On Wednesday, October 22, Historian Anne Sarah Rubin gave a talk at Villanova on Sherman’s famous (or infamous) March to the Sea and African American memory. Her talk stemmed from a chapter in her new book, Through the Heart of Dixie: Sherman’s March and American Memory, which coincides with the upcoming 150th anniversary of the March.
In her talk, Dr. Rubin focused on the memories of African Americans of the March, a group often left out of the legacy of the momentous event which hastened the end of the war at the expense of tremendous destruction to Southern communities. By looking at records of African American experiences of Sherman’s March, most notably Works Progress Administration interviews of former slaves conducted in the 1930s, she found that Sherman was not unilaterally hailed as a great emancipator, spreading freedom on his march through the Confederate states.
To be sure, Sherman’s Army was a catalyst for the destruction of slavery in the areas through which it marched. But Rubin argued that Sherman tended to tolerate emancipation more than he embraced it. While some memories of the WPA interviewees tie Sherman to freedom, many more detailed his cruelty. Much like the memories of Southern whites, African American men and women remembered Sherman destroying property, and, more importantly, confiscating food that could have gone to their families. Rubin also described Sherman’s disdain for any African American families (not including young, single men who the Army could put to work) who sought to follow the marching army.
One striking instance of Sherman’s disregard for fleeing African Americans was a December 1864 incident at Ebenezer Creek in Georgia. Seeking to escape approaching Confederate cavalry, one of Sherman’s officers ordered the construction of pontoon bridges across the water. But after they crossed, the Union soldiers disassembled the bridges, condemning hundreds of African American families to death either by drowning or from the Confederates. While Sherman did not give the order personally, he did not condemn it either.
Indeed, Sherman’s now-famous order of “40 acres and a mule,” Rubin argued, was not an altruistic action, but rather a utilitarian move, both a response to outrage over the Ebenezer Creek incident and a means to prevent more African Americans from following his army in the future. The failed implementation of this order only added to the anger of African Americans during Reconstruction and beyond. Much of this anger was directed at Sherman.
Overall Dr. Rubin’s talk was a thought-provoking look at the legacy of Sherman’s March. She explored the nuances of Sherman’s ambivalence toward emancipation, and how even if he delivered freedom to thousands (if not hundreds of thousands) of slaves, his legacy is tied just as much (if not more so) with the destruction he wrought in the South.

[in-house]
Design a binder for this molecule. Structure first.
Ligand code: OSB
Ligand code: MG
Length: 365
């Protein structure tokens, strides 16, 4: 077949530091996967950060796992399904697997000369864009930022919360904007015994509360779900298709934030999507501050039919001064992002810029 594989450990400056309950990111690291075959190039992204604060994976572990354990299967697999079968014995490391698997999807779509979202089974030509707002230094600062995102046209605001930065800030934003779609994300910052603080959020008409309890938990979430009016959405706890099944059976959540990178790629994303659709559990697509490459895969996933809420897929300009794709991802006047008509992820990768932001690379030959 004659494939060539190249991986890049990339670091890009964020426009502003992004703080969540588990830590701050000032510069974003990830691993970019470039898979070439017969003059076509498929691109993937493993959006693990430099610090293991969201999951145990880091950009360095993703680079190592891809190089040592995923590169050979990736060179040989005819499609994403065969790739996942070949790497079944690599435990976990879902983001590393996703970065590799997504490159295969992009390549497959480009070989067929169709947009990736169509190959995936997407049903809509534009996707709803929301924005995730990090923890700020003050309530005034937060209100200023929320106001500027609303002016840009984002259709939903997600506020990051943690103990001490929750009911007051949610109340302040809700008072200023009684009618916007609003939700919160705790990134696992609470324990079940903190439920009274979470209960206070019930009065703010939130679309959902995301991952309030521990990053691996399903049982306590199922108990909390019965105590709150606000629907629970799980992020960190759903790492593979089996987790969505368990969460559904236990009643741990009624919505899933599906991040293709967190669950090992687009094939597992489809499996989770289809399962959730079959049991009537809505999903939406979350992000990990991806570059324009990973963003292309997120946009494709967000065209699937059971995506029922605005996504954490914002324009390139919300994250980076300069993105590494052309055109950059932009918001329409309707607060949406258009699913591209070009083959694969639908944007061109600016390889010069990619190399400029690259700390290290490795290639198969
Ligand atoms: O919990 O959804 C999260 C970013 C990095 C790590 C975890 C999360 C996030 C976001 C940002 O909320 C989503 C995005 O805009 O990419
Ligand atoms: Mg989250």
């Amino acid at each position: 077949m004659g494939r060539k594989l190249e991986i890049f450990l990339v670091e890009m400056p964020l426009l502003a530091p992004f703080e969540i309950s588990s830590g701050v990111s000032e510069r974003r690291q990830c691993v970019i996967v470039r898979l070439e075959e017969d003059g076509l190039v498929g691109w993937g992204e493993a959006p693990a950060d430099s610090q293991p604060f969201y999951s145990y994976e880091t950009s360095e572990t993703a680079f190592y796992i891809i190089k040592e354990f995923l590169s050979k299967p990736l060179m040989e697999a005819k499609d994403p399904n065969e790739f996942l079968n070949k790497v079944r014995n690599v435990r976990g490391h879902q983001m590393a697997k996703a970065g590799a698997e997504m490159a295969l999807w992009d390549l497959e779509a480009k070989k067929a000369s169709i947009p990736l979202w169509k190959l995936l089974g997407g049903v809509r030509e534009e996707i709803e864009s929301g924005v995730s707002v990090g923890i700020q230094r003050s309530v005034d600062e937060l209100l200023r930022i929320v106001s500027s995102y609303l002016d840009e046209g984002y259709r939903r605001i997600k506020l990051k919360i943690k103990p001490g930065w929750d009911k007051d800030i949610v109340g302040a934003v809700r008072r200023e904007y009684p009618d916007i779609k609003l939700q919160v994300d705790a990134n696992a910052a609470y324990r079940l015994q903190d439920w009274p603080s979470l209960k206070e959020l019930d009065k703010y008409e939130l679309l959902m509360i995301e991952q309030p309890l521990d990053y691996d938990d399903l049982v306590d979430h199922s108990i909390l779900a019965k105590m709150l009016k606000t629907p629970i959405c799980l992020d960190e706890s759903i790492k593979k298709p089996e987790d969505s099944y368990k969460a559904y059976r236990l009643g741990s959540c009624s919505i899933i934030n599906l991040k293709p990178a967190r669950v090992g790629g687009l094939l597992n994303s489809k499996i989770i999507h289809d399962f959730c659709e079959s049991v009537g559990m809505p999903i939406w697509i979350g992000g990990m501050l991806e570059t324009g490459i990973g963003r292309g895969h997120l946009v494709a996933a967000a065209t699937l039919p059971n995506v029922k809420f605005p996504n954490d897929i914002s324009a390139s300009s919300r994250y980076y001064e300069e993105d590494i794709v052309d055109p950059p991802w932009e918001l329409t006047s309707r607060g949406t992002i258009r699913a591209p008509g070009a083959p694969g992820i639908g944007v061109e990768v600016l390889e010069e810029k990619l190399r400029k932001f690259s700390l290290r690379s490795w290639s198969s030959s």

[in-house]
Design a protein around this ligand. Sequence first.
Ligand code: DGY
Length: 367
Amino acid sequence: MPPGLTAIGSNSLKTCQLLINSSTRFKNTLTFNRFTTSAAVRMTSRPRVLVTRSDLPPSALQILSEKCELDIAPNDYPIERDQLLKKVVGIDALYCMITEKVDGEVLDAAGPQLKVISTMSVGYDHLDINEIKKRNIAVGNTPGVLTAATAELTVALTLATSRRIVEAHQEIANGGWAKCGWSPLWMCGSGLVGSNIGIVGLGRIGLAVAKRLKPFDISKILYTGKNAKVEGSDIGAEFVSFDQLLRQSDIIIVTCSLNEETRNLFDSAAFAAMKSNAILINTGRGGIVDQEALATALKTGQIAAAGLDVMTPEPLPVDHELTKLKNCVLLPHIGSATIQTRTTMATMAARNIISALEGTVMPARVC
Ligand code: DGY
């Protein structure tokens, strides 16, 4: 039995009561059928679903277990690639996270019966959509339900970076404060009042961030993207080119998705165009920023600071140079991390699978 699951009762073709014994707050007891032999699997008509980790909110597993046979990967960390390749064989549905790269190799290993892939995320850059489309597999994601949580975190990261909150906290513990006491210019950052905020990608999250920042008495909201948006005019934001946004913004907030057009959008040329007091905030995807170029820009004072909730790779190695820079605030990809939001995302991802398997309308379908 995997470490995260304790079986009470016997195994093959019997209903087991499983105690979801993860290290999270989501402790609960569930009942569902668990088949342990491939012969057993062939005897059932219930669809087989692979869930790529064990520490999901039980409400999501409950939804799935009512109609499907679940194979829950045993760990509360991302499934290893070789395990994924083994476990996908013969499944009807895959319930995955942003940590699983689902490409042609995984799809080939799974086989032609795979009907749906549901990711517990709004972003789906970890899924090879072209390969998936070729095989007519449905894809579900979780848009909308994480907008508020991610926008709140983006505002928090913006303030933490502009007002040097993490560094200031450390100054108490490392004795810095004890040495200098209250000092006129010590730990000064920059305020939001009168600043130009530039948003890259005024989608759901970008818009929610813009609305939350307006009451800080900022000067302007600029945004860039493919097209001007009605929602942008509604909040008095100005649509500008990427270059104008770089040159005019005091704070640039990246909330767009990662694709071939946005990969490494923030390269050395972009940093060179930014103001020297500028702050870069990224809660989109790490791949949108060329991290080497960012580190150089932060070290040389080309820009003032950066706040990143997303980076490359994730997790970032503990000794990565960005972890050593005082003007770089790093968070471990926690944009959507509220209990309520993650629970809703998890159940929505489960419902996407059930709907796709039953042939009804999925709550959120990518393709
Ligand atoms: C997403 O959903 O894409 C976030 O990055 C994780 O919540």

Her talk also provoked questions about the power, but also the risks, of memory. In thinking about the former slaves telling their stories to WPA interviewers, how have emotions changed in seventy years? Moreover, Rubin found false memories, things that did not actually happen. How do incorrect details influence the usefulness of the memories themselves?
In conjunction with Through the Heart of Dixie, Dr. Rubin is also developing a website tracing Sherman’s March and highlighting important areas from the memories of both soldiers and civilians, and even landmarks in tourism and fiction. Following the lecture, she joined Dr. Giesberg and several graduate students for a discussion on the process and prospects of digital history. She predicted that the prospect of a legitimate digital history project taking an equal place with a dissertation or book in traditional scholarship is still a ways off, but found that historians are increasingly using digital tools to practice their craft. While she admitted that she is no computer expert, her experiences with digital tools have allowed her to develop a working understanding of the basics, or enough to know what questions to ask, as she put it. Her advice was to dive in and experiment. Once you are comfortable in knowing that you cannot irreparably break anything, playing around with tools such as WordPress is a great way to begin incorporating digital tools into historical study.
Special thanks to Dr. Rubin for a great talk on Sherman’s March and a thought-provoking discussion on Digital History. It is safe to say that the University owes her an appointment with Sherman’s coat once they get it back from the Union League.
Anne Sarah Rubin is an Associate Professor of History and Director of the Center for Digital History and Education at the University of Maryland, Baltimore County. You can check out her website here.
Her website, Sherman’s March and America: Mapping Memory is set for a full launch in mid-November.